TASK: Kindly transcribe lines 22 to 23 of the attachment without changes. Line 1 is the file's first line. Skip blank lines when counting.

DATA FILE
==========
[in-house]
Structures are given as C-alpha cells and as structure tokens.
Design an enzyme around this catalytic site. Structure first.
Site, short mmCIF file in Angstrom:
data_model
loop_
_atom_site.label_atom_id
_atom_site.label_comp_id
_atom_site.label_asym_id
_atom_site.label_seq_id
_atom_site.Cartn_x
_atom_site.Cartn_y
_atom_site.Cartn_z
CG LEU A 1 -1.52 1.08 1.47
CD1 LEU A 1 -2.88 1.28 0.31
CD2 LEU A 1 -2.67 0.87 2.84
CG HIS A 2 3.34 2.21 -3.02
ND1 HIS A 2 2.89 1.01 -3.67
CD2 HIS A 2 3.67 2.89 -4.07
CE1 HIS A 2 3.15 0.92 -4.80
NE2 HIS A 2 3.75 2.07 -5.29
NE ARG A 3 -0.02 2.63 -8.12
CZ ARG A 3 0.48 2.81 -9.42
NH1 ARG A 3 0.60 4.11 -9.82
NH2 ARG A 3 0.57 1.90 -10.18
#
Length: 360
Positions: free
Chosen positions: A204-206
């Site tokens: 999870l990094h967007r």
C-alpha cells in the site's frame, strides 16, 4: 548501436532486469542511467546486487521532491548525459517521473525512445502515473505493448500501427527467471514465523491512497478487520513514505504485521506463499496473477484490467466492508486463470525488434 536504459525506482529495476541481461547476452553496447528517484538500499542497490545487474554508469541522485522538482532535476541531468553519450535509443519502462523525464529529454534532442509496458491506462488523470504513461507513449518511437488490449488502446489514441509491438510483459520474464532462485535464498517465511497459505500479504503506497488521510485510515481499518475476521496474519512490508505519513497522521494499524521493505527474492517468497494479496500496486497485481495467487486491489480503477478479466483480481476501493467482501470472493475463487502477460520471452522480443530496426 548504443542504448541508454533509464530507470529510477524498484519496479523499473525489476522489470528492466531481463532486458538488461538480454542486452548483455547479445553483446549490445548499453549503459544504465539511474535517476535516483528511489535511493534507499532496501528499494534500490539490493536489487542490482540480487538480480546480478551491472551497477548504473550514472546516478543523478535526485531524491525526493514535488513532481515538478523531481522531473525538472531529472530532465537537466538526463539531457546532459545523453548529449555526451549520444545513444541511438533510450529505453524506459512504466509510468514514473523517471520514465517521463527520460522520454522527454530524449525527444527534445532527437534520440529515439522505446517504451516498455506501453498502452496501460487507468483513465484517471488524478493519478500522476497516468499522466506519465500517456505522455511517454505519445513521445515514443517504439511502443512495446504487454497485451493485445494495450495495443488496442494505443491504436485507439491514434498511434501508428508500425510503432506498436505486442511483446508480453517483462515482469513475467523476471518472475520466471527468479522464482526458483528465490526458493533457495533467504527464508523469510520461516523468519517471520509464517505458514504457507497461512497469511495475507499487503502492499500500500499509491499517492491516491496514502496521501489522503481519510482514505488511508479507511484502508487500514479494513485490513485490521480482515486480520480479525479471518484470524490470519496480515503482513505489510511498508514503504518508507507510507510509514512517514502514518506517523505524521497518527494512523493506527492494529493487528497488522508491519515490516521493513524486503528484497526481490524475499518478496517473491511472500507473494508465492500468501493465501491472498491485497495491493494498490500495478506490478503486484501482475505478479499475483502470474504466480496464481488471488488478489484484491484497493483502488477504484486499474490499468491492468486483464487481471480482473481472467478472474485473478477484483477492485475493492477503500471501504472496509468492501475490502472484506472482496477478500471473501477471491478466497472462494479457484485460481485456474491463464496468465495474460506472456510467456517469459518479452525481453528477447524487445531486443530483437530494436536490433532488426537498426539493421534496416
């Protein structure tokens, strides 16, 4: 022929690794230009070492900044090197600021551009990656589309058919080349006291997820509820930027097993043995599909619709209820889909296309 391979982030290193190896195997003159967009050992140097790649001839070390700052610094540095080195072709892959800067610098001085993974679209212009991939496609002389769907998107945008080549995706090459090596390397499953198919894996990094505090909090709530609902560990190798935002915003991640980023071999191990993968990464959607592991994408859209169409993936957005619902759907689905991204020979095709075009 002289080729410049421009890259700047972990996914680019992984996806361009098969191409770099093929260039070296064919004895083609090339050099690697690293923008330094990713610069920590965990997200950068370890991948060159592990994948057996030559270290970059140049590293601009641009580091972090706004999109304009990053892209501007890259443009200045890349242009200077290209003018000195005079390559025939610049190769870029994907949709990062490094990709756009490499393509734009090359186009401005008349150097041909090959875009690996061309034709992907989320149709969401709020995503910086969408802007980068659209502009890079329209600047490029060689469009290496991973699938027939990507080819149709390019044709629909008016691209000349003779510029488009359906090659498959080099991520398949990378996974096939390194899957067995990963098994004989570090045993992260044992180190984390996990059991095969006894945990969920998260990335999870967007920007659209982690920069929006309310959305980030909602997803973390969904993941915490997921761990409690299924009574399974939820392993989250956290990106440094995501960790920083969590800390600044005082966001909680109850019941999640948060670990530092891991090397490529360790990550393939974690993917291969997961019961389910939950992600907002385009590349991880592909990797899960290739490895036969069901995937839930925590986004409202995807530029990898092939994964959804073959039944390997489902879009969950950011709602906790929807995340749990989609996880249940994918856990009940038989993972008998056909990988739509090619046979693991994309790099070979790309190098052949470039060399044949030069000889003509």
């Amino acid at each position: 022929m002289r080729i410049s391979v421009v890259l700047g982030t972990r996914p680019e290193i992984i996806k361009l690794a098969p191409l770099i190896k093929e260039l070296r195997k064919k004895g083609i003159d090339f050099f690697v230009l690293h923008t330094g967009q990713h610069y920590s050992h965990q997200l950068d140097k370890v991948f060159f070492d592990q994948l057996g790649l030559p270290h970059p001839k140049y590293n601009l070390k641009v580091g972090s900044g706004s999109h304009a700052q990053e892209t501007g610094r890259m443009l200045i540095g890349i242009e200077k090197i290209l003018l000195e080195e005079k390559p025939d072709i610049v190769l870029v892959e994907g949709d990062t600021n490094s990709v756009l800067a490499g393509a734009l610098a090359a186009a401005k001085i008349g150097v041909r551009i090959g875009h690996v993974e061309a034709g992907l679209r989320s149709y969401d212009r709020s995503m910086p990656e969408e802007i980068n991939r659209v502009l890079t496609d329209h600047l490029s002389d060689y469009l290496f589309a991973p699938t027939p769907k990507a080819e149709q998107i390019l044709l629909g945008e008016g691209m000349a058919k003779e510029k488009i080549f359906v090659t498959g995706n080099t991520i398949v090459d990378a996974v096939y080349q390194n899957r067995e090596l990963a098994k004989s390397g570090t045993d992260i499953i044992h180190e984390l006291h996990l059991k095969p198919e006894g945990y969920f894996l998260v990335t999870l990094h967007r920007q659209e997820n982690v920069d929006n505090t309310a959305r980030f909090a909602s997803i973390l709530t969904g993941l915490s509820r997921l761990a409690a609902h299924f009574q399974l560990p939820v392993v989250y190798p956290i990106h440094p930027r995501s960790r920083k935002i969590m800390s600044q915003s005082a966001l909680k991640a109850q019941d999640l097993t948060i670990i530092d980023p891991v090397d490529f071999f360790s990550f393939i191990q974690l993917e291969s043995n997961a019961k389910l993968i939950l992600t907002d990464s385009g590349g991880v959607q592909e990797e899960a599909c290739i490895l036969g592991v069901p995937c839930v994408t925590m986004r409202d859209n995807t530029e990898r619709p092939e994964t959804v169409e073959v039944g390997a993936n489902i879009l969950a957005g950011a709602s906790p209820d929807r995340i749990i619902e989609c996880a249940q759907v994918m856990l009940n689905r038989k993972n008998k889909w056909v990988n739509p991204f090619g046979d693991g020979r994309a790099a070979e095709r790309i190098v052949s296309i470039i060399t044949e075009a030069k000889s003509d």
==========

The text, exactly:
NE ARG A 3 -0.02 2.63 -8.12
CZ ARG A 3 0.48 2.81 -9.42